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Milbank Q. 2014 Sep;92(3):475-508. doi: 10.1111/1468-0009.12075.

Power and persuasion in the vaccine debates: an analysis of political efforts and outcomes in the United States, 1998-2012.

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University of Michigan; School of Public Health, University of Michigan.



This article examines trends in state-level childhood vaccine policies in the United States from 1998 to 2012 and explains the trajectories for both vaccine-critical and proimmunization legislative efforts. Successful mobilization by vaccine critics during the height of the autism and thimerosal scares (roughly 1998 to 2003) yielded a few state-level expansions for the most permissive type of exemption from vaccine mandates for public school attendance, those based on personal beliefs. Vaccine-critical positions, however, have largely become discredited. How has vaccine critics' ability to advance preferred policies and prevent the passage of unfavorable legislation changed over time?


We created a unique data set of childhood vaccine bills (n = 636), introduced from 1998 to 2012 across the 50 state legislatures, and coded them by type of effort (exemption, mandate, mercury ban, and information policies) and outcome. We then mapped out the trends in vaccine policies over time. In order to contextualize the trends we identified, we also reviewed numerous primary sources and conducted interviews with stakeholders.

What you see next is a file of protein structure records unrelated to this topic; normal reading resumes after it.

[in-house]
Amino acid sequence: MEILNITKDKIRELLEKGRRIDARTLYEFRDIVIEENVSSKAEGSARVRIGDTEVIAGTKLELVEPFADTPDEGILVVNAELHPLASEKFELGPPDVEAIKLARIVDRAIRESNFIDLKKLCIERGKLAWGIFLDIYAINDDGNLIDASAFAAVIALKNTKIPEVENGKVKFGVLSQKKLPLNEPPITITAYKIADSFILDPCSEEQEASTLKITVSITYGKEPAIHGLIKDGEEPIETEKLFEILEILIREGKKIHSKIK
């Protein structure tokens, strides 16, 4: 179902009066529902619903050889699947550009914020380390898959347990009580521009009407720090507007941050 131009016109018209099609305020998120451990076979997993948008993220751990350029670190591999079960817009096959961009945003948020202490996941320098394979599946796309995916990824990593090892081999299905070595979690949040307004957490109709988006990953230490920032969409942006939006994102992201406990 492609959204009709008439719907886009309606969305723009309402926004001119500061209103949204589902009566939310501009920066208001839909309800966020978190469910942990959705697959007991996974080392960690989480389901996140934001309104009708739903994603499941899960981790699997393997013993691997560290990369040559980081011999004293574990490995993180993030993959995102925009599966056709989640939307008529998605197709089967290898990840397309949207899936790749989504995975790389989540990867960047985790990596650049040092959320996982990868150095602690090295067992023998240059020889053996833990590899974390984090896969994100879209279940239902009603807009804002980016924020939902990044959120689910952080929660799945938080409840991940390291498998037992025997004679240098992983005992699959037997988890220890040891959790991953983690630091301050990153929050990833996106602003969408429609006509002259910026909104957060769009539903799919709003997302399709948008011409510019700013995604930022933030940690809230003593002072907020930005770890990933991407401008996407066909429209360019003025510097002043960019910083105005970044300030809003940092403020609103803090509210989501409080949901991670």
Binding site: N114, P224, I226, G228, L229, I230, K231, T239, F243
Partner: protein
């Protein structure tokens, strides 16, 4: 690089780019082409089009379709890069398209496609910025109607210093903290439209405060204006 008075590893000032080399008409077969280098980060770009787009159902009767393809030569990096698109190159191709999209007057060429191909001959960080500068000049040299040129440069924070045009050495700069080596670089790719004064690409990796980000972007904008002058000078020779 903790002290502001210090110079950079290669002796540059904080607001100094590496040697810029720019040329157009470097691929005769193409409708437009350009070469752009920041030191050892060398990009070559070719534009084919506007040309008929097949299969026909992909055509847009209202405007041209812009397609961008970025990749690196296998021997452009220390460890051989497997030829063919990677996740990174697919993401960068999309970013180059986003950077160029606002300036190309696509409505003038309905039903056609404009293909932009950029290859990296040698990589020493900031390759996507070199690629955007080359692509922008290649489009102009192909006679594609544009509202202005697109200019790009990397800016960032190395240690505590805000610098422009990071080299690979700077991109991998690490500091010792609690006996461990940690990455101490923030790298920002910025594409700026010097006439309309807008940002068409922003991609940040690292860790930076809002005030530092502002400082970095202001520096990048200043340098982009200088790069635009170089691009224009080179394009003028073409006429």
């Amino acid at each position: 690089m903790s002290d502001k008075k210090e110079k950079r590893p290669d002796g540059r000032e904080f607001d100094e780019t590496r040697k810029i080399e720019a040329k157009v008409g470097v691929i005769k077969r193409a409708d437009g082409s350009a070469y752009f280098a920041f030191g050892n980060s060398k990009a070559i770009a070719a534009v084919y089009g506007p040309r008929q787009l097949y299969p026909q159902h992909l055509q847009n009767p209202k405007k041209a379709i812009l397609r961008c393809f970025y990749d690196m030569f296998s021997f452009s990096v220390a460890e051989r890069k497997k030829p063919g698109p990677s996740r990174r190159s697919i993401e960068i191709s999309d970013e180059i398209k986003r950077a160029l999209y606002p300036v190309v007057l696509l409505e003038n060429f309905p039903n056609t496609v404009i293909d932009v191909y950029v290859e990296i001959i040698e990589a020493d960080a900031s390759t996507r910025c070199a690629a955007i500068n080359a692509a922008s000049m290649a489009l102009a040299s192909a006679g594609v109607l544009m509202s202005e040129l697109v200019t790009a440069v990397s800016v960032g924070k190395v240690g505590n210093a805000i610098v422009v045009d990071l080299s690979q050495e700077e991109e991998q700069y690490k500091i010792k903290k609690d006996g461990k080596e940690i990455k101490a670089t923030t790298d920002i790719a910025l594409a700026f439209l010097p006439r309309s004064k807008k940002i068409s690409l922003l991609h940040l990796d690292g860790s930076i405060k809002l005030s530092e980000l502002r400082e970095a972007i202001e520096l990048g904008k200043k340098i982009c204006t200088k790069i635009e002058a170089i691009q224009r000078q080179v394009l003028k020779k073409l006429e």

In general, we found that vaccine critics' legislative success has begun to wane. In only 20 bills in our data set were vaccine critics able to change policy in their preferred direction via the legislative process. Only 5 of those wins were significant (such as obtaining a new philosophical exemption to vaccine mandates), and the last of these was in 2007. Critics were more successful at preventing passage of proimmunization legislation, such as mandates for the human papillomavirus (HPV) vaccine.


Recent legislation in California, Oregon, and Washington that tightened philosophical exemptions by means of informational requirements suggests that vaccine politics may be entering another phase, one in which immunization supporters may be able to counter increasing opt-out rates, particularly in states with recent outbreaks and politicians favoring science-based policies.


United States; child; health legislation; vaccination

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